A Headline Not Inspired by a Film -- George W. Bush said in an interview this week that Roy Halladay and Chase Utley would be the two players he'd start a franchise with right now if he had to take a pitcher and a position player for a new league. What stood out to me, though, was the spelling of Utley in the transcript: "Ottley." Someone in the media doesn't watch baseball! (This story also reminds me of a fellow aspiring-politician at the University who joined me at the softball game I wrote about last week. When he saw two friends playing catch, he said, "Oh...they're... enjoying a primitive version of softball." Someone cleared it up to him and said, "I think they call that 'catch.'" That's why he'll never win an election.)

On Again. Off Again. Gone Again. Berkman! -- Sir Lance Berkman of the Houston Astros is swinging a stick that's out of this world! Okay, okay. Cheese aside, I want to acknowledge the greatness of his season, and I do hope he keeps it up. But I'm most interested in his attempt to hit .400 and Chipper Jones', too. I believe that it is possible to hit .400 in this day and age, and I hope that either of them can do it this season. I think it'll be done eventually, but the sooner it happens the better. We've already waited long enough.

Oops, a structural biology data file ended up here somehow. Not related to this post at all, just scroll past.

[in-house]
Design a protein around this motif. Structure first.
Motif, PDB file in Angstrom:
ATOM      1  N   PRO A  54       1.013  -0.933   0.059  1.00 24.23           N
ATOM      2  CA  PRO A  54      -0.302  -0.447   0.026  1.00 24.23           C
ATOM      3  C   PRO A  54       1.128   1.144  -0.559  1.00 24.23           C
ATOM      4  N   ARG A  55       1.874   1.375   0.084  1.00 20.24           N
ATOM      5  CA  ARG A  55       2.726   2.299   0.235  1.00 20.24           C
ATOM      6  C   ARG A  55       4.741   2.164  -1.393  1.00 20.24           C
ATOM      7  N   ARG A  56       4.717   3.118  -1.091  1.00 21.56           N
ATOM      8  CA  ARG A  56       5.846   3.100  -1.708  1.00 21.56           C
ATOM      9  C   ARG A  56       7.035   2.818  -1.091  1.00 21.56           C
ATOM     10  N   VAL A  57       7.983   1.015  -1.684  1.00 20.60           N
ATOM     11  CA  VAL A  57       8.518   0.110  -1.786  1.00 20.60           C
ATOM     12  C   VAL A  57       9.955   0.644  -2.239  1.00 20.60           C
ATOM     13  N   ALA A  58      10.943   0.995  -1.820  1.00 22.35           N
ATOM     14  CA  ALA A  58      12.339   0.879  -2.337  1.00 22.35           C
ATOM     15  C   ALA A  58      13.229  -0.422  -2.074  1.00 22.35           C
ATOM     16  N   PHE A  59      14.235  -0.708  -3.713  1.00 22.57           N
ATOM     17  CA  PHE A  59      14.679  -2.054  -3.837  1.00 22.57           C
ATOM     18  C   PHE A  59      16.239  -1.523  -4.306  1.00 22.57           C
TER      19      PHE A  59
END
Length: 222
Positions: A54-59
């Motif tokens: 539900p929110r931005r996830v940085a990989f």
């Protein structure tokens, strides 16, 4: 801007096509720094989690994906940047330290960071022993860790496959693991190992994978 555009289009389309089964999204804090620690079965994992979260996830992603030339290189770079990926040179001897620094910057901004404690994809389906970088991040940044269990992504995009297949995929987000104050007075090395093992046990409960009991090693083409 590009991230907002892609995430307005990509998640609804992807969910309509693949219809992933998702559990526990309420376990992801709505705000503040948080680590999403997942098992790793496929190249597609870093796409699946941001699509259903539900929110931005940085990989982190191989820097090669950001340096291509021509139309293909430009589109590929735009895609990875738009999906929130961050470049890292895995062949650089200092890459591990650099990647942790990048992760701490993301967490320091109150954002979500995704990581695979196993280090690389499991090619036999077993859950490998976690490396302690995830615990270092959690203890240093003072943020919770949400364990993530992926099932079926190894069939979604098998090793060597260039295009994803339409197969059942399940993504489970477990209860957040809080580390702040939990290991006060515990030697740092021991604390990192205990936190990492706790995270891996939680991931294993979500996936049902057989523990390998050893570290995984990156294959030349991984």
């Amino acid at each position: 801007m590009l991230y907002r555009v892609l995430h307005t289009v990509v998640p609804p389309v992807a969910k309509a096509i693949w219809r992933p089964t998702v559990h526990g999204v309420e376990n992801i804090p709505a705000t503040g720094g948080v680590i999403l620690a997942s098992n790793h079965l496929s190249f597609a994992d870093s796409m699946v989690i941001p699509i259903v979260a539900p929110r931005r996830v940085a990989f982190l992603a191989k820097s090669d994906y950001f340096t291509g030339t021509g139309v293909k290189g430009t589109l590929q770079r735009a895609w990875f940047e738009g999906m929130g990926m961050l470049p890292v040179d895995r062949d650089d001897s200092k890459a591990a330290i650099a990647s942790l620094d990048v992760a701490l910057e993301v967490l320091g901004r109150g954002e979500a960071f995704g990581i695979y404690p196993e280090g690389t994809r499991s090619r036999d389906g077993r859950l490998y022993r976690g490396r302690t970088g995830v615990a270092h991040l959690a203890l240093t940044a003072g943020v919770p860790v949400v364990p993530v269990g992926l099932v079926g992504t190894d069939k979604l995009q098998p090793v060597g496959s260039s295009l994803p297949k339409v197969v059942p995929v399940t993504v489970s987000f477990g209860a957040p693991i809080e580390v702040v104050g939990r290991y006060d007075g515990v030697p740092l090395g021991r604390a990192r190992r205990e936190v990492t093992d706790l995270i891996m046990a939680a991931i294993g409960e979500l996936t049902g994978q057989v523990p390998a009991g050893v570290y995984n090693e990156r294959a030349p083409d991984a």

Goodnight Saigon -- Peter Magowan announced that he is retiring from the Giants front office this week. I say good luck -- you weren't all bad, but I'm still glad to see you go. Please turn in a sheet of paper with everything you know about steroids in baseball before you leave the stage completely. Please?

"Oswalt That Ends Well" -- That's what I'll write when the season is over, if Roy Oswalt can manage to get his numbers this season in line with his career and remain healthy after he recovers from the hip injury he suffered this week. I'm starting to worry that this will be an off-year for Oswalt, who is one of my very favorite pitchers, and that saddens me because this is the time to cash in on run support! He's a money pitcher with the guts of a bulldog, and I admire him very much.